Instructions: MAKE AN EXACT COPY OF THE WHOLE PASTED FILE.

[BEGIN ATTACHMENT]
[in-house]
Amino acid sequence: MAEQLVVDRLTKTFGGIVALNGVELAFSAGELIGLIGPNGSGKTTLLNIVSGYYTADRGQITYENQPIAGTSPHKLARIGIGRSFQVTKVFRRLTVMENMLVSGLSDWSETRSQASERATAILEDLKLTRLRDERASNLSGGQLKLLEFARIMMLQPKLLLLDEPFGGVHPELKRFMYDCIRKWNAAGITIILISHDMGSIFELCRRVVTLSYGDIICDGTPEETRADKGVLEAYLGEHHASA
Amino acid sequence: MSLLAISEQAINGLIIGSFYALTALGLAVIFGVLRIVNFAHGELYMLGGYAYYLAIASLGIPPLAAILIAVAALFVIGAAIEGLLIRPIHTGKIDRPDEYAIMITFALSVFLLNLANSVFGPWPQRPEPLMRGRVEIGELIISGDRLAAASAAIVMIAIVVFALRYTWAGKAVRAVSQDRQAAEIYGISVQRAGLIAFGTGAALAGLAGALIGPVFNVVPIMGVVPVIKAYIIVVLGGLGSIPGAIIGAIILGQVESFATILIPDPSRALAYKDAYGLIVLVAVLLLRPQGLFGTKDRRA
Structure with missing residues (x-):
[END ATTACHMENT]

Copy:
[in-house]
Amino acid sequence: MAEQLVVDRLTKTFGGIVALNGVELAFSAGELIGLIGPNGSGKTTLLNIVSGYYTADRGQITYENQPIAGTSPHKLARIGIGRSFQVTKVFRRLTVMENMLVSGLSDWSETRSQASERATAILEDLKLTRLRDERASNLSGGQLKLLEFARIMMLQPKLLLLDEPFGGVHPELKRFMYDCIRKWNAAGITIILISHDMGSIFELCRRVVTLSYGDIICDGTPEETRADKGVLEAYLGEHHASA
Amino acid sequence: MSLLAISEQAINGLIIGSFYALTALGLAVIFGVLRIVNFAHGELYMLGGYAYYLAIASLGIPPLAAILIAVAALFVIGAAIEGLLIRPIHTGKIDRPDEYAIMITFALSVFLLNLANSVFGPWPQRPEPLMRGRVEIGELIISGDRLAAASAAIVMIAIVVFALRYTWAGKAVRAVSQDRQAAEIYGISVQRAGLIAFGTGAALAGLAGALIGPVFNVVPIMGVVPVIKAYIIVVLGGLGSIPGAIIGAIILGQVESFATILIPDPSRALAYKDAYGLIVLVAVLLLRPQGLFGTKDRRA
Structure with missing residues (x-):